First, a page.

[rspec-users] isolating controller tests from models

David Chelimsky dchelimsky at gmail.com
Sat Mar 31 11:50:27 UTC 2012

On Sat, Mar 31, 2012 at 2:49 AM, Justin Ko <jko170 at gmail.com> wrote:
> On Mar 30, 2012, at 11:11 PM, Fearless Fool wrote:
>> This is a rehash of a question I posed at:
>> http://stackoverflow.com/questions/9952317/isolating-controller-tests-from-models
>> The basic question: If I have a FoosController and a Foo model, can I
>> run FoosController rspec tests without creating the foos database table?
>> I haven't found a good way to avoid it.
>> Consider this simple controller:
>>   # file: app/controllers/foos_controller.rb
>>   class FoosController < ApplicationController
>>     respond_to :json
>>     def create
>>       @foo = Foo.create(params[:foo])
>>       respond_with @foo
>>     end
>>   end
>> In my RSpec tests, I can do
>>   @foo = mock_model("Foo")
>>   Foo.stub(:create) { @foo }
>>   post :create, :format => :json
>> ... but that fails in the call to respond_with @foo, because
>> ActionController calls @foo.has_errors? which in turn hits the database
>> to look up column names.

mock_model is not an ActiveRecord object, so if it's hitting the db
then something's not wired up correctly.

> I could stub out has_errors?, but that means
>> that I'm reaching into the internals of the system -- probably not a
>> good idea for a test suite.
> Oh, the irony!
> You're using rspec-rails, which reaches *much further* into the "system" than `has_errors?`.

There's a difference between a library doing this and end-user specs
doing this. They both bear risk, but the burden is on the library
developer (and in one place) if it's the lib, whereas its on all end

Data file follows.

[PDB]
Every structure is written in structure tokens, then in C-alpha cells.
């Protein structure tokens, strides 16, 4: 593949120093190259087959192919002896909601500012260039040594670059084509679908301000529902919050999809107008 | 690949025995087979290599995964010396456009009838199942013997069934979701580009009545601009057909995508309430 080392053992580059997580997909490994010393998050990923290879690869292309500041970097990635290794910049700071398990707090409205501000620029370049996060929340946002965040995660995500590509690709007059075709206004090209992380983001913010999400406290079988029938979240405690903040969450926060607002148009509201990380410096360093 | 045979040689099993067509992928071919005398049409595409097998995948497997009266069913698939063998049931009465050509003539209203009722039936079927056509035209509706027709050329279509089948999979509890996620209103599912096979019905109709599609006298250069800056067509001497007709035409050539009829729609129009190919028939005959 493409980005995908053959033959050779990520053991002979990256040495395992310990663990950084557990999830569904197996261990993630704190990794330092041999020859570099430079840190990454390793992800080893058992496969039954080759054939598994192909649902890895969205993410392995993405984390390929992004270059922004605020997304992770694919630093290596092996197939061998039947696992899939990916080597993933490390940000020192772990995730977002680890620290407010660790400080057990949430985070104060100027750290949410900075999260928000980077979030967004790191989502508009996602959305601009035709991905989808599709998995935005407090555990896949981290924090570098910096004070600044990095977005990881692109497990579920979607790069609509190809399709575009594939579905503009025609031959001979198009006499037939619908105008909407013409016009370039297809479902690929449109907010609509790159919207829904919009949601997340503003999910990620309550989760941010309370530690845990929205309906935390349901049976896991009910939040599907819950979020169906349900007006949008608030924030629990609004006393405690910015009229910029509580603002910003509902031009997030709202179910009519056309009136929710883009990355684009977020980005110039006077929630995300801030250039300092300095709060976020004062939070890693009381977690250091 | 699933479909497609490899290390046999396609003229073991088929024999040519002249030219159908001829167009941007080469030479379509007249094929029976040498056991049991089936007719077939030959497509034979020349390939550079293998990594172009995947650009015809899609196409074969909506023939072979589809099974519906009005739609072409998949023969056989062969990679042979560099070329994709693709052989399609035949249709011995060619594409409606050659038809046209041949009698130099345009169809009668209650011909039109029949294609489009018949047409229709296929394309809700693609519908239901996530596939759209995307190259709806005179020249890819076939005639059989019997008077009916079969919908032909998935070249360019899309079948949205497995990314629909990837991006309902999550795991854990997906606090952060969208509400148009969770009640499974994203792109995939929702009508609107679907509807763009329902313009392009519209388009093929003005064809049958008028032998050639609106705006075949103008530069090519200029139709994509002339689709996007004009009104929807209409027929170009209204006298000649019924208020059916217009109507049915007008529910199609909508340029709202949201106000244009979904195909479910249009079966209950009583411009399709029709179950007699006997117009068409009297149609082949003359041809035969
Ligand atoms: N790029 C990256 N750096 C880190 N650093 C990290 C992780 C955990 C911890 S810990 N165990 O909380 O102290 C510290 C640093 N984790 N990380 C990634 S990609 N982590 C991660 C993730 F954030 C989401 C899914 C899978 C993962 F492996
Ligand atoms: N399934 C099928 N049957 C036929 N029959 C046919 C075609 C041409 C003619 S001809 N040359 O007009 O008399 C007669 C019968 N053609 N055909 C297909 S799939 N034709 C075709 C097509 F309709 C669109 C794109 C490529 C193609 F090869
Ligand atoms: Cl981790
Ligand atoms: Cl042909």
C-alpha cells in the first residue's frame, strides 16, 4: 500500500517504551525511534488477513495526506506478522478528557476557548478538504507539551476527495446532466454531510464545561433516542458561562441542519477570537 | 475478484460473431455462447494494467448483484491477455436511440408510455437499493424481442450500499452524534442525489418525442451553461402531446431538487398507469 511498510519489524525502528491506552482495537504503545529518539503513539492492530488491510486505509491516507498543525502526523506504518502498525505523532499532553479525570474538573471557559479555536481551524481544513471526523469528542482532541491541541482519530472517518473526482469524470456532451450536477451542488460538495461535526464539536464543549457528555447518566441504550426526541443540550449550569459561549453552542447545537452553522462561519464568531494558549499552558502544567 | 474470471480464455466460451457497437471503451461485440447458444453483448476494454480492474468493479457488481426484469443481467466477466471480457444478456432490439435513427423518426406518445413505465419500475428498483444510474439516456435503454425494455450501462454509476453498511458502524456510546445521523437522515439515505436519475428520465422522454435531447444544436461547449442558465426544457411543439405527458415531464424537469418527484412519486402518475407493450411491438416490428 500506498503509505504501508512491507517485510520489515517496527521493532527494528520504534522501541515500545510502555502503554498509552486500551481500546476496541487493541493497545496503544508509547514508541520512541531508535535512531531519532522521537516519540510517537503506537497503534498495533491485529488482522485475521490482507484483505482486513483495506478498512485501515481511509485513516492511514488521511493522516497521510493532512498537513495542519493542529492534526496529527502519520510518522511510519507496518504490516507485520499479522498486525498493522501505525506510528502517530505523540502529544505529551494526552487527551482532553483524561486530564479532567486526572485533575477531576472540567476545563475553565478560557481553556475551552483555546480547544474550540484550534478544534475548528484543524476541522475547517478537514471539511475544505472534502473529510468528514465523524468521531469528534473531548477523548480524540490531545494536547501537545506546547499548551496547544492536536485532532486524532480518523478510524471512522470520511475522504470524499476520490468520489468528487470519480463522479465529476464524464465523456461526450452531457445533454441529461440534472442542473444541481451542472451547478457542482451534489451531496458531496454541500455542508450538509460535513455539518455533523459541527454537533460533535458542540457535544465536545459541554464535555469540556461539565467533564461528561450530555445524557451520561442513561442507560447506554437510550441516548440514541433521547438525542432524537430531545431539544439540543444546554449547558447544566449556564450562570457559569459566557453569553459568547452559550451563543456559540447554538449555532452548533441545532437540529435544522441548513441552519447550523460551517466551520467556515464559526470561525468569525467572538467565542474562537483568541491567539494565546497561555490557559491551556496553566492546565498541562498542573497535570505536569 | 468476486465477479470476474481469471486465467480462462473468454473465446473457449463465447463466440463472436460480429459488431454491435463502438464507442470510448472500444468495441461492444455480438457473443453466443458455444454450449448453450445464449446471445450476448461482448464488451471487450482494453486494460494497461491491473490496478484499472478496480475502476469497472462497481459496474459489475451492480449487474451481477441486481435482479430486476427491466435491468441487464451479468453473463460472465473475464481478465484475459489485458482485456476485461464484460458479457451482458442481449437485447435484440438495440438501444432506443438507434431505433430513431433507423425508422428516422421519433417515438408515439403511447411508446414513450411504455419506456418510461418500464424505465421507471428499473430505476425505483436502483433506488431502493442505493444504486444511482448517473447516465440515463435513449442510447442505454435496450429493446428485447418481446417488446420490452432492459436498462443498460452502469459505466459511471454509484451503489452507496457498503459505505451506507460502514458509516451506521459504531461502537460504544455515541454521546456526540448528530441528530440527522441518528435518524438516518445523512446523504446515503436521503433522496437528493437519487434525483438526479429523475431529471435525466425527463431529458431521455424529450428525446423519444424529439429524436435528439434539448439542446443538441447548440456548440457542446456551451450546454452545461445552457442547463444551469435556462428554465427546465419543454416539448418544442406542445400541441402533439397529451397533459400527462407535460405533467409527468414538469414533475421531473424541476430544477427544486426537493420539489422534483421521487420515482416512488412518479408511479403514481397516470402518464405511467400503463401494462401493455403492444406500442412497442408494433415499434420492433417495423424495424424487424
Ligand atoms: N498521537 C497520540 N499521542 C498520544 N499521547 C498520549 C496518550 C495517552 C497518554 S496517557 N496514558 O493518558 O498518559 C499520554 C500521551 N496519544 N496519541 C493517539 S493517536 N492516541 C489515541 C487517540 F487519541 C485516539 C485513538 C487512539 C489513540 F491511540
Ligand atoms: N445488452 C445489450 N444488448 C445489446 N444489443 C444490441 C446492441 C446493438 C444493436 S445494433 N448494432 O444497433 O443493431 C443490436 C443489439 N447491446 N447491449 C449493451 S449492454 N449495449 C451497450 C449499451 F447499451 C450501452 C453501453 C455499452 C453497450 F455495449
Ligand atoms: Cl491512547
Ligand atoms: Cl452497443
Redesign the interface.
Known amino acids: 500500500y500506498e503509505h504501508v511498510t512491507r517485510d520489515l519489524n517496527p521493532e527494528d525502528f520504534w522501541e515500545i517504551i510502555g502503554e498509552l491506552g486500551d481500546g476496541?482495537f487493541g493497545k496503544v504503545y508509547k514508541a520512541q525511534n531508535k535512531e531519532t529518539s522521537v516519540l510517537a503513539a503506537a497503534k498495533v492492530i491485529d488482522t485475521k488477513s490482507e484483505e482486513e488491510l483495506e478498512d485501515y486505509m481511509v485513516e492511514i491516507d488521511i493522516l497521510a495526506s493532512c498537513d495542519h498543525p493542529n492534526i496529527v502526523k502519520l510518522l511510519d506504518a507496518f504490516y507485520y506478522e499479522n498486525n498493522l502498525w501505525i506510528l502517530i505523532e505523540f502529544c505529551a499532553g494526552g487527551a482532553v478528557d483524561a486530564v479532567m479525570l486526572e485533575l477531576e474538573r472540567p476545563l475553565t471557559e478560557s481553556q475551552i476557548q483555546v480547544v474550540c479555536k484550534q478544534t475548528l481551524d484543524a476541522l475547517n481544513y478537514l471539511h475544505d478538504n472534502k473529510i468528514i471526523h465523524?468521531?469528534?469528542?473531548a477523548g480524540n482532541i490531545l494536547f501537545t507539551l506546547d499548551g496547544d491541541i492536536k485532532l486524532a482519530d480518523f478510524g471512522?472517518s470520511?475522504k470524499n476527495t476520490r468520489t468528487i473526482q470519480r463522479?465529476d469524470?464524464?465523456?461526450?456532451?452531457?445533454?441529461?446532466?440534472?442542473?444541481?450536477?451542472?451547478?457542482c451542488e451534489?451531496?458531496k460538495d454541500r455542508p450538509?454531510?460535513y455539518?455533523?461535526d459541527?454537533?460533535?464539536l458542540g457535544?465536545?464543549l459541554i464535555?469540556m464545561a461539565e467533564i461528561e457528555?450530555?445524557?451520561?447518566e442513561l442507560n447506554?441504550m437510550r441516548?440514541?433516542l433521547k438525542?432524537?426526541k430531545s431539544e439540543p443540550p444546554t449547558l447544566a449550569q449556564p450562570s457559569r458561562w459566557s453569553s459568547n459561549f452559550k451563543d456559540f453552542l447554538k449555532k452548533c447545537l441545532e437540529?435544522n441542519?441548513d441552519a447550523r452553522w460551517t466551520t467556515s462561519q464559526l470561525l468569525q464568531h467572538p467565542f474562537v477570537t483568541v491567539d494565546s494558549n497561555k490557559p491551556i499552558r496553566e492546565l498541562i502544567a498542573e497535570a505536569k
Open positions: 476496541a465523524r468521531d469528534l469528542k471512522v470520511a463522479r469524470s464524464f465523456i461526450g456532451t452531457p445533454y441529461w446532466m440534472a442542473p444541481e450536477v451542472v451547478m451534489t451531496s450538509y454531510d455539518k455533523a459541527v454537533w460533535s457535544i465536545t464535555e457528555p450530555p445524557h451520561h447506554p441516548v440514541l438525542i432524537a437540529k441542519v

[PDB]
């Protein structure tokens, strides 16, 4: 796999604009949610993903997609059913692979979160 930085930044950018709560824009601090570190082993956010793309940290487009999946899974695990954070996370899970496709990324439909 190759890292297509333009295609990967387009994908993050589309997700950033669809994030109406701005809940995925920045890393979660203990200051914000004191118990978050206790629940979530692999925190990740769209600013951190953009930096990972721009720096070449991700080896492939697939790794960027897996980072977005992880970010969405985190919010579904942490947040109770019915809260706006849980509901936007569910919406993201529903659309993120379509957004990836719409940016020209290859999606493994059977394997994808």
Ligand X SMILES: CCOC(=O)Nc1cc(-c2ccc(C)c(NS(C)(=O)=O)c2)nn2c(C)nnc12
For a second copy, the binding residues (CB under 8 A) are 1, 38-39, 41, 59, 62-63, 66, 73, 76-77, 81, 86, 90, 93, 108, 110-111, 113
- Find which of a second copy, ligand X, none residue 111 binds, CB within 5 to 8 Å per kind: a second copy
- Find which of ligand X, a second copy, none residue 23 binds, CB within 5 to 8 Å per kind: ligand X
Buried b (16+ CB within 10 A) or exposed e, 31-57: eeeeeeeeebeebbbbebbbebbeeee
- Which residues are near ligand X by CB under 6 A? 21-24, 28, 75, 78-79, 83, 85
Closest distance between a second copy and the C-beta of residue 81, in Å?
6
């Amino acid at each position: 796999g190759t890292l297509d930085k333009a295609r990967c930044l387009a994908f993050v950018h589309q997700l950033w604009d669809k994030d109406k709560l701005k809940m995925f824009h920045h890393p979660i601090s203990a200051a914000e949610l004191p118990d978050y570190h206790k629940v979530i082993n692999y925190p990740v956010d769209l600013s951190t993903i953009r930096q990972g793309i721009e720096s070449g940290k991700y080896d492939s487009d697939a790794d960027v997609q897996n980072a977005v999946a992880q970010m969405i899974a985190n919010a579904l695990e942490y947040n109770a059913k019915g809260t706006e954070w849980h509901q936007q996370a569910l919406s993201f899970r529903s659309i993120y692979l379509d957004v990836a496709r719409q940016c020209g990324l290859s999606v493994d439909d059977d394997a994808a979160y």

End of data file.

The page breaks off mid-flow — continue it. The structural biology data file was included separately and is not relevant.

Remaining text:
users who stray on their own.

> Mucking with a non-public API is not a "never ever" thing :)

Care to elaborate on what the risks are and when you think it's worth it?

>> If the answer to my question "can I do controller testing without
>> creating the underlying database tables?" is 'no', then I'll accept that
>> (with regret).  But I'd rather hear that it is somehow possible.

Of course its possible - just a matter of whether its worth it. This
relates to an earlier question which I believe you posted about why
the generated controller specs changed for rails 3. respond_with is
another addition to rails 3 that tightly couples controllers to
models, making it more challenging to stub models in controller specs.
If you're going to violate the "mock your code, not other people's"
guideline, you might find it safer to do it at a higher level of
abstraction: mock respond_with directly on the controller. Still a
violation of stub/mock guidelines, but at least it deals with code
that you can see and change in the controller.


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